I'm on record as being opposed to the Grizzlies impending trade for Zach Randolph, and I'm not backing off that: I think his track record makes him too big of a gamble for a young team; I think his black-hole offense makes him a bad fit for a team trying to develop O.J. Mayo and Rudy Gay as primary scorers; and I think his stationary defense will present match-up problems against the more mobile fours that are becoming the norm for the position.
Beyond that, a couple of other factors about the deal bother me: I think the Grizzlies gave up too early on a free-agent market that could start looking more and more like a buyer's market as options dwindle. And I hate that the Clippers were able to hold out for a better deal (Quentin Richardson rather than Marko Jaric) for a player they had to get rid of and apparently no one else wanted.
All that said, I don't want my skepticism to be mistaken for the arrogance of certainty. There are reasons to believe this deal might work out for the Grizzlies. Here are six of them:
1. Creeping Maturity?: Last week on The Geoff and Gary Show, Yahoo! Sports' Adrian Wojnarowski suggested that Randolph has matured. Could it be? Though Randolph's on- and off-court rap sheet is long and colorful, most of it, including the most serious entries, happened earlier in his career while he was in Portland. True, Randolph's Clipper tenure was marred by both a DUI arrest and a suspension for punching Suns' forward Louis Amundsen. But the frequency and severity of his problems seems to have waned since leaving Portland. Hopefully the trend will continue.
2. The Lone Knucklehead Theory: Randolph may have a checkered history, but it's not like he's been the only questionable character on the teams for whom he's played. The infamous "Jail Blazers" teams in Portland contained perhaps the biggest concentration of sketchy characters in league history (Darius Miles, Ruben Patterson, Bonzi Wells, Rasheed Wallace, Qyntel Woods, Jeff McInnis). The 2007-2008 Knicks weren't plagued by the array of legal problems that afflicted the Jail Blazers, but was in its own way a historic assemblage of dubious on-court personalities (Stephon Marbury, Jamal Crawford, Eddy Curry, Jerome James) led by an equally troubled coach (Isaiah Thomas). Similarly, the 2008-2009 Clippers were a doomed-to-failure collection of underachievers, malcontents, and crazies (Baron Davis, Chris Kaman, Ricky Davis, Al Thornton).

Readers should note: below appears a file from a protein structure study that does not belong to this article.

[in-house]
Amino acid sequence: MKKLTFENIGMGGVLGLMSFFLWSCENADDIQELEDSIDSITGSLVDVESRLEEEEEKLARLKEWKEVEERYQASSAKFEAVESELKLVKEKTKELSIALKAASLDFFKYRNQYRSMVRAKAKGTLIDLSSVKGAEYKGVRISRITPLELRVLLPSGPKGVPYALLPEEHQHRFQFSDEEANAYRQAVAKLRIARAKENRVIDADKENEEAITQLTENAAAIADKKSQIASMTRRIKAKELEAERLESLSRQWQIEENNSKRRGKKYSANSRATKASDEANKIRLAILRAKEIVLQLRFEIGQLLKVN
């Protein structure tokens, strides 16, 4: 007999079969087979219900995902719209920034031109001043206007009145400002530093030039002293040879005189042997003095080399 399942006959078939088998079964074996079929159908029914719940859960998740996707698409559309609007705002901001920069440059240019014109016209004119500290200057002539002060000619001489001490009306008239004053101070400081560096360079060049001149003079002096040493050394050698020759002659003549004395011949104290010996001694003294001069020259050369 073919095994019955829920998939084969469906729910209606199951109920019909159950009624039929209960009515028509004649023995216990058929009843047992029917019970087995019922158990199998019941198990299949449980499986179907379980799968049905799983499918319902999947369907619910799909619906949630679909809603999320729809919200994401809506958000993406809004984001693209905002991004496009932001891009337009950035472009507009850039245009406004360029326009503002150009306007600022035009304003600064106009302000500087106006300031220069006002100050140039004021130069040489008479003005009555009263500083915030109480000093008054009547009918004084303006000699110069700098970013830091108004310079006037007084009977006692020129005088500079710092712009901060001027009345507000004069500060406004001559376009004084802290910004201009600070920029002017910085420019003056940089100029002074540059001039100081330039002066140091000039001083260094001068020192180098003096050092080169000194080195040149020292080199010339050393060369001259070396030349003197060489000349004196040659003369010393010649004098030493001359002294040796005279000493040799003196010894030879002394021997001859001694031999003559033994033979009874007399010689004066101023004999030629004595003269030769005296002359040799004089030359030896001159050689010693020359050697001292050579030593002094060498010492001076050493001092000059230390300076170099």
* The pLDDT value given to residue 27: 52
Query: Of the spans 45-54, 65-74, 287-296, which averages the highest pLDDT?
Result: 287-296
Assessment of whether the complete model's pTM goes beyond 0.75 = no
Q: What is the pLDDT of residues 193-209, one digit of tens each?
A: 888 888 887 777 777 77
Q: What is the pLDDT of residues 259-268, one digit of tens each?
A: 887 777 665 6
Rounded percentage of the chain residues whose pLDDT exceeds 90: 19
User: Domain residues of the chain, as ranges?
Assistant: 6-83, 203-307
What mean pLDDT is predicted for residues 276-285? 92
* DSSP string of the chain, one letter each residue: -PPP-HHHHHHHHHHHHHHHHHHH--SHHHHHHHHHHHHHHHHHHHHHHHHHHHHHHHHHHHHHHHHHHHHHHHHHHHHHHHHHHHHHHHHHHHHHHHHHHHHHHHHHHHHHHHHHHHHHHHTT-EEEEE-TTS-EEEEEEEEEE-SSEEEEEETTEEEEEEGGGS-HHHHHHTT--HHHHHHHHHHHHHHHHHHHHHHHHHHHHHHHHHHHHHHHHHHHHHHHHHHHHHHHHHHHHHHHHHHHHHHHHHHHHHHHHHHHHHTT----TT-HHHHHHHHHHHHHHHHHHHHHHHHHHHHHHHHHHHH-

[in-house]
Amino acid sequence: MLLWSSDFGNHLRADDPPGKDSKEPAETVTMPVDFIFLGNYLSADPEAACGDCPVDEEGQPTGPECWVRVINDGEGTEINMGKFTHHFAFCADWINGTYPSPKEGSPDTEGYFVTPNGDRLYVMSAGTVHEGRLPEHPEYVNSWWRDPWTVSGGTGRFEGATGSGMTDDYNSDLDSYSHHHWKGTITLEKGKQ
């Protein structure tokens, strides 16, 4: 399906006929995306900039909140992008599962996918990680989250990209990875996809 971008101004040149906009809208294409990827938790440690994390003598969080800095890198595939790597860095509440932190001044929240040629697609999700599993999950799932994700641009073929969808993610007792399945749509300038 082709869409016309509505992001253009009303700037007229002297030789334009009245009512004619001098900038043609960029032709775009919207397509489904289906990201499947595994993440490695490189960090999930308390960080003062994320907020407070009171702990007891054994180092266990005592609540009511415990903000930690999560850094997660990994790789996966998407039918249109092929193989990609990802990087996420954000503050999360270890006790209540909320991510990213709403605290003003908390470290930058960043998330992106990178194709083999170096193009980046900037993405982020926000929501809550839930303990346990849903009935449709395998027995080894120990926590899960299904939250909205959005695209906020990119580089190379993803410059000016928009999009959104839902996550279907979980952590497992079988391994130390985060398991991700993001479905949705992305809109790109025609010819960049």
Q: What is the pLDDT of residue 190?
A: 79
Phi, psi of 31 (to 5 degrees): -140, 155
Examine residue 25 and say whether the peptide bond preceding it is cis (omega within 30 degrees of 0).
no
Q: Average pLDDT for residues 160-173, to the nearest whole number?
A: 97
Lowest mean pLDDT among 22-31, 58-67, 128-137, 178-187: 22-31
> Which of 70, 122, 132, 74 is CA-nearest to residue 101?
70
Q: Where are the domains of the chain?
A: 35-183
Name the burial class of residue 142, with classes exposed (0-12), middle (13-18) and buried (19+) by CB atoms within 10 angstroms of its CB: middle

An oft-repeated NBA aphorism is that you can get by with one knucklehead on your team, but if you have multiple ones they'll feed off each other. (Witness the combustion that occurred with the Grizzlies paired Jason Williams and Bonzi Wells.) Randolph may be a knucklehead, but he's had the misfortune of playing on the most knucklehead-saturated team in the league probably every season of his career.
The Grizzlies are very young, but this team seems to be a very stable collection of people. Marc Gasol and Mike Conley are top-notch. There are questions about Rudy Gay's game, but he's a solid guy. O.J. Mayo has some minor baggage based on his rocky negotiation of the corrupt farce that is college basketball, but has been all business since entering the Association. All the rookies seem like high-character guys. If Randolph really is the follower some claim him to be, then he might be okay with the Griz.
3. Damon Stoudamire: As previously noted, Stoudamire, who is currently a Grizzlies assistant, played with Randolph early in his career at Portland. Presumably, Stoudamire knows him well and is more likely to have his respect than anyone else in the locker room. If he's able to help keep Randolph in line, Stoudamire could play an unusually important role for the Grizzlies this season.